The author's youthfulness helps to assure the inevitable comparison with the Anne Frank diary although over and above the sphere of suffering shared, and in this case extended to the death march itself, there is no spiritual or emotional legacy here to offset any reader reluctance.

Pub Date: Jan. 16, 2006

ISBN: 0374500010

Page Count: 120

Publisher: Hill & Wang

Review Posted Online: Oct. 7, 2011

Kirkus Reviews Issue: Jan. 15, 2006

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Not an easy read but an essential one.

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Title notwithstanding, this latest from the National Book Award–winning author is no guidebook to getting woke.

In fact, the word “woke” appears nowhere within its pages. Rather, it is a combination memoir and extension of Atlantic columnist Kendi’s towering Stamped From the Beginning (2016) that leads readers through a taxonomy of racist thought to anti-racist action. Never wavering from the thesis introduced in his previous book, that “racism is a powerful collection of racist policies that lead to racial inequity and are substantiated by racist ideas,” the author posits a seemingly simple binary: “Antiracism is a powerful collection of antiracist policies that lead to racial equity and are substantiated by antiracist ideas.” The author, founding director of American University’s Antiracist Research and Policy Center, chronicles how he grew from a childhood steeped in black liberation Christianity to his doctoral studies, identifying and dispelling the layers of racist thought under which he had operated. “Internalized racism,” he writes, “is the real Black on Black Crime.” Kendi methodically examines racism through numerous lenses: power, biology, ethnicity, body, culture, and so forth, all the way to the intersectional constructs of gender racism and queer racism (the only section of the book that feels rushed). Each chapter examines one facet of racism, the authorial camera alternately zooming in on an episode from Kendi’s life that exemplifies it—e.g., as a teen, he wore light-colored contact lenses, wanting “to be Black but…not…to look Black”—and then panning to the history that informs it (the antebellum hierarchy that valued light skin over dark). The author then reframes those received ideas with inexorable logic: “Either racist policy or Black inferiority explains why White people are wealthier, healthier, and more powerful than Black people today.” If Kendi is justifiably hard on America, he’s just as hard on himself. When he began college, “anti-Black racist ideas covered my freshman eyes like my orange contacts.” This unsparing honesty helps readers, both white and people of color, navigate this difficult intellectual territory.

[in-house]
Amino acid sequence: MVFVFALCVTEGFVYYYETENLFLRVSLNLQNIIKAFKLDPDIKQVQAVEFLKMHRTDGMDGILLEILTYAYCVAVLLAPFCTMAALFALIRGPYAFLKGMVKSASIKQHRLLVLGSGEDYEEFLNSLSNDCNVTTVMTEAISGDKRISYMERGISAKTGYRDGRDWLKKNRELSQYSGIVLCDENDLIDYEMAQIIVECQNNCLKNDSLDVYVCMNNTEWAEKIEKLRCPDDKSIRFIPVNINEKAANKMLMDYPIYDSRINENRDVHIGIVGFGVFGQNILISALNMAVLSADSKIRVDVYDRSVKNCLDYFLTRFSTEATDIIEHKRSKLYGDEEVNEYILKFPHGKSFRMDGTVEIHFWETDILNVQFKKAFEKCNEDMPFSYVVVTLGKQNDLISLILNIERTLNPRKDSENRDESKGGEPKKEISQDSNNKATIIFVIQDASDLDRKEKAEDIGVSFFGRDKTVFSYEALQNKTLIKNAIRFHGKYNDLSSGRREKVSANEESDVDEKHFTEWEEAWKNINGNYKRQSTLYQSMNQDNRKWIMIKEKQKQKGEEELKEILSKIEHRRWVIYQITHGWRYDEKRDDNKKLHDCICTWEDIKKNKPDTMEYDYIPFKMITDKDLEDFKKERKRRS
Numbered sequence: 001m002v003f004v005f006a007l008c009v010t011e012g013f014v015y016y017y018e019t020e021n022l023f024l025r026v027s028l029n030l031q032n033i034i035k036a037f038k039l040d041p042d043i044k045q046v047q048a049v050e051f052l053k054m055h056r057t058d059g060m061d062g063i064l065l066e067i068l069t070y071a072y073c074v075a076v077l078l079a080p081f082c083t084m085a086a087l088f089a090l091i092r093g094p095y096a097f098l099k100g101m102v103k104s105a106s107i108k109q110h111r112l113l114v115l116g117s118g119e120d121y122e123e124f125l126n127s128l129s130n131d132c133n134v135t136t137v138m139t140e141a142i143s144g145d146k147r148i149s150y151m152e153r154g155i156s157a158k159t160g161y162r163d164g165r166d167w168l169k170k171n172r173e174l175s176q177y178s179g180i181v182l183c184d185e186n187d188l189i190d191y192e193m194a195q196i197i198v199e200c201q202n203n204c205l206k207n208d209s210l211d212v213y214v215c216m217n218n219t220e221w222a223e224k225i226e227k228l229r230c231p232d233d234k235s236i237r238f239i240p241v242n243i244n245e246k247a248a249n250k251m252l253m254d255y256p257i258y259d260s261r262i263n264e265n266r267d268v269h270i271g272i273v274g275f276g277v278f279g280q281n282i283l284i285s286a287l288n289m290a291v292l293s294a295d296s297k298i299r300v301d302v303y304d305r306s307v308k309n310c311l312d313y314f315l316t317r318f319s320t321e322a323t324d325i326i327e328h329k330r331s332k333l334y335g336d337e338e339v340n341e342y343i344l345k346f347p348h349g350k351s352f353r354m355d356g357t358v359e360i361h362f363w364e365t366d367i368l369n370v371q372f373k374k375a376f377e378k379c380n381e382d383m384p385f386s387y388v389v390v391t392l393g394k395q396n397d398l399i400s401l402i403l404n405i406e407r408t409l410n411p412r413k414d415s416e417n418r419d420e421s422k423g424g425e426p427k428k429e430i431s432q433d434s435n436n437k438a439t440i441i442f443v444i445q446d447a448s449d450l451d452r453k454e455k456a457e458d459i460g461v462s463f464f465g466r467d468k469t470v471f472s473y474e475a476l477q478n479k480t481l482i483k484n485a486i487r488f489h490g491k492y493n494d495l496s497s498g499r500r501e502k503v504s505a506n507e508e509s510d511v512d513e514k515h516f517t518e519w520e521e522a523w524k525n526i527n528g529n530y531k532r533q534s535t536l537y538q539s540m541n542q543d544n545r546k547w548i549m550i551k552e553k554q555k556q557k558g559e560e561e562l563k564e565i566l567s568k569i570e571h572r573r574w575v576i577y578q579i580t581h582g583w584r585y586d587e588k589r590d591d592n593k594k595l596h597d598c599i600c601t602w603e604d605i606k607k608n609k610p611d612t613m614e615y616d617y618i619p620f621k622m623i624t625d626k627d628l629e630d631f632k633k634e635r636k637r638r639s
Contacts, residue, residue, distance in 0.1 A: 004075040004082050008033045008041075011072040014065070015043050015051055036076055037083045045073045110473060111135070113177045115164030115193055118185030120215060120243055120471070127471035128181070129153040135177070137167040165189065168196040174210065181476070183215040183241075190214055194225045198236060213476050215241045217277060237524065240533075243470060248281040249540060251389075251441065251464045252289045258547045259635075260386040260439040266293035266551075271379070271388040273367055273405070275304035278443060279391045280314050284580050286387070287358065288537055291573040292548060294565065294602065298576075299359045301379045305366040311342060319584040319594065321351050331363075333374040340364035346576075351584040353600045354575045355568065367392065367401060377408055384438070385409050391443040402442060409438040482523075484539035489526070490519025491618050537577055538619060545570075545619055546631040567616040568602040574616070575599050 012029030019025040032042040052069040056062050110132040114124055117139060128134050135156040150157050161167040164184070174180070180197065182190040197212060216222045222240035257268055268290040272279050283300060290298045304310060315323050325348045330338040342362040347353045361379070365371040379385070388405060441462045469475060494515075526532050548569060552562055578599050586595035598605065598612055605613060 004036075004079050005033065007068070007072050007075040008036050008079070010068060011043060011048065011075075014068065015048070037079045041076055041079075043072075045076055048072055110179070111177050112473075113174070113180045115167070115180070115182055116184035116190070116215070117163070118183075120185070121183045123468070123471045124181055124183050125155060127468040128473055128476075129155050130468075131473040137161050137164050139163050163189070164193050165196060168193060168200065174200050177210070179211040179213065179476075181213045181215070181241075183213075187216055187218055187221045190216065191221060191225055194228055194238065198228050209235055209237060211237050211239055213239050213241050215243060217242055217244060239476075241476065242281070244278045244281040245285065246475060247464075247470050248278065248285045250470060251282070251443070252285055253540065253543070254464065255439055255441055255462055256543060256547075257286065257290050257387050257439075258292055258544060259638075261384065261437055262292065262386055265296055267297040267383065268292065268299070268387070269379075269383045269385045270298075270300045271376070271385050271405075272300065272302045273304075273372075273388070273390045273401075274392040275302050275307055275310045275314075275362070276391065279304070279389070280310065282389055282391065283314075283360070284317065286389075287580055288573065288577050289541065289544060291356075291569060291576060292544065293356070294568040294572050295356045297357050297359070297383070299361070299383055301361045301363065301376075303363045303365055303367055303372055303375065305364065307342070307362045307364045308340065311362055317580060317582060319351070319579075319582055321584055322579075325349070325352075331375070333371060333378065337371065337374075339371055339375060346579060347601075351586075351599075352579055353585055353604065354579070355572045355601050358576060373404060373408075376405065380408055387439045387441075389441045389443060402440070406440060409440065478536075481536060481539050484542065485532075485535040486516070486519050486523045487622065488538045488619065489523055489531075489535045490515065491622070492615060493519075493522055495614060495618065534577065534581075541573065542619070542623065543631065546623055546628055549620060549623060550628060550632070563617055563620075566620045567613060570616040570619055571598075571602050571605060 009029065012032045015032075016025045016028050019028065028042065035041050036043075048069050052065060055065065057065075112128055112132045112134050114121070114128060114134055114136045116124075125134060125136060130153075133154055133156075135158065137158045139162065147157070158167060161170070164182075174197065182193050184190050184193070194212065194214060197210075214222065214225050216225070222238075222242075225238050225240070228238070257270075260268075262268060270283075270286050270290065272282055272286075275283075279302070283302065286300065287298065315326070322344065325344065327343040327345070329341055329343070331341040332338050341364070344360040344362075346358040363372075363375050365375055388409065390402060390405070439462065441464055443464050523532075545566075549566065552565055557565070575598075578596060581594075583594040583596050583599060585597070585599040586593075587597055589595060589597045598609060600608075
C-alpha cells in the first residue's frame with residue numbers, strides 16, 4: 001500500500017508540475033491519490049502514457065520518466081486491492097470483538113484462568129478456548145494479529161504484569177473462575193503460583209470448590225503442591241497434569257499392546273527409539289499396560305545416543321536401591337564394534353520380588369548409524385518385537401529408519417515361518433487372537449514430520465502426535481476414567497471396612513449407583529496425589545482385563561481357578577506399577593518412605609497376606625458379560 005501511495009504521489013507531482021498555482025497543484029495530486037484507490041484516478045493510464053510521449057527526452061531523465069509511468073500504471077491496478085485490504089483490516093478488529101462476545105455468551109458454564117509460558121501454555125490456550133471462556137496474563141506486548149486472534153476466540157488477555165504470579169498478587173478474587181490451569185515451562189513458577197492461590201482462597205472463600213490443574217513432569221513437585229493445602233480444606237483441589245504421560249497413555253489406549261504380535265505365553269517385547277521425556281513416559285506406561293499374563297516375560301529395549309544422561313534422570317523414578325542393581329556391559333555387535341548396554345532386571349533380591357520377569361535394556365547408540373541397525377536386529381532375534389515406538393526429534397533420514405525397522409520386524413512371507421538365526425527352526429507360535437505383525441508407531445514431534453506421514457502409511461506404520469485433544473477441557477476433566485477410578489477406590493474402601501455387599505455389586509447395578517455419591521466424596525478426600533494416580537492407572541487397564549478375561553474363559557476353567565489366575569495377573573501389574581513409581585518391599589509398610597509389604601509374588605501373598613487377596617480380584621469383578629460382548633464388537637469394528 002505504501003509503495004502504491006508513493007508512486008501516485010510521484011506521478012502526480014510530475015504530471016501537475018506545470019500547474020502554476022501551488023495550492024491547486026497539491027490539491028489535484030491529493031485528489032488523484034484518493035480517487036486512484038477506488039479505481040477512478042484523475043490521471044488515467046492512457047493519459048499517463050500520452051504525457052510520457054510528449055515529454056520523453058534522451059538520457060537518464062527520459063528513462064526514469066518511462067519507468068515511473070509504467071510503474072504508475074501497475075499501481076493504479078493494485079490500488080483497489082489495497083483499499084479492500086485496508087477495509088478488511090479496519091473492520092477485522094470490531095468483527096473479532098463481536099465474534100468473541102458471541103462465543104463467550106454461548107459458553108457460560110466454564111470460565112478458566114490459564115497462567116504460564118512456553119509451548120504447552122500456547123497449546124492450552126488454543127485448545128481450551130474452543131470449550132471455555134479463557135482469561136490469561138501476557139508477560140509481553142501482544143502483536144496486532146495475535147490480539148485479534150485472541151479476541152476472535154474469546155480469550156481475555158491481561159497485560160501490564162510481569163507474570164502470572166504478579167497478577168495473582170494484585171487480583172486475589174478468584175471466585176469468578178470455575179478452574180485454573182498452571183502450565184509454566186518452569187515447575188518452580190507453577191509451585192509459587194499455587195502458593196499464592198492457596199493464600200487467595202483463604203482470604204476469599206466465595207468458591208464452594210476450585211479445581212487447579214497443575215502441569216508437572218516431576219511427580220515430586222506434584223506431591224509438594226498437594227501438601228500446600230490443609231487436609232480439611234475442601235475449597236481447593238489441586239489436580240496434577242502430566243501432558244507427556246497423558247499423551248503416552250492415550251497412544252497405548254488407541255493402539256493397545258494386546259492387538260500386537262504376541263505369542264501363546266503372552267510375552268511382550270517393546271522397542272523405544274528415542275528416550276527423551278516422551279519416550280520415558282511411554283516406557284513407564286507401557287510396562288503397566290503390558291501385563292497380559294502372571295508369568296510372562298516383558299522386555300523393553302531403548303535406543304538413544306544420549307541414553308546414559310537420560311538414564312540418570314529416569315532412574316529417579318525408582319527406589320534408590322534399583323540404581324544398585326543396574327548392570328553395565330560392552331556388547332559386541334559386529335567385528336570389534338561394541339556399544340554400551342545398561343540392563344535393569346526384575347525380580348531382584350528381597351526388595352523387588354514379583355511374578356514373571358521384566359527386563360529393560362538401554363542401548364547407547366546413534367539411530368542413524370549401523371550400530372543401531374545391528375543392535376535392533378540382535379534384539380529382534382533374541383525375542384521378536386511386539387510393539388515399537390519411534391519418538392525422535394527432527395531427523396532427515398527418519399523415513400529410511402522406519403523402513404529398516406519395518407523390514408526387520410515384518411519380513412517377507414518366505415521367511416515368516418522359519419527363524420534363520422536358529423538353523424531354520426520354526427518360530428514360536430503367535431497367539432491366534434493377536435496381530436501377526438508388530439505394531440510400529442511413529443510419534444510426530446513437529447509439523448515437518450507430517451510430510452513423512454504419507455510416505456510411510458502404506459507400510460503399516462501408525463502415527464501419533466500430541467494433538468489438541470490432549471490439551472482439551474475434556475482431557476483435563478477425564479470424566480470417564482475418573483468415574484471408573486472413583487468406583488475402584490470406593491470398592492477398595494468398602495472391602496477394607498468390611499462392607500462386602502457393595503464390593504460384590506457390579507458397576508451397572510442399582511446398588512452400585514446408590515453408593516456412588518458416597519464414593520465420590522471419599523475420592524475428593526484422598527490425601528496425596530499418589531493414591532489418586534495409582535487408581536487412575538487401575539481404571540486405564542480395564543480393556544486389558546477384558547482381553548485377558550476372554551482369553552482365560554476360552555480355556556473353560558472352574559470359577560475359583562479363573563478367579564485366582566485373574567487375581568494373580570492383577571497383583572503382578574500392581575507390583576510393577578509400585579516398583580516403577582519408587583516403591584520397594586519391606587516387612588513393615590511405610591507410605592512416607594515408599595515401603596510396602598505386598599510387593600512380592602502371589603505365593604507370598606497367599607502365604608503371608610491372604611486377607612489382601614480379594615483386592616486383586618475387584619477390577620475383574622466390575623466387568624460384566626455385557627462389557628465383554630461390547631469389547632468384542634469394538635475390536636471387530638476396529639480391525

Not an easy read but an essential one.

Pub Date: Aug. 13, 2019

ISBN: 978-0-525-50928-8

Page Count: 320

Publisher: One World/Random House

Review Posted Online: April 28, 2019

Kirkus Reviews Issue: May 15, 2019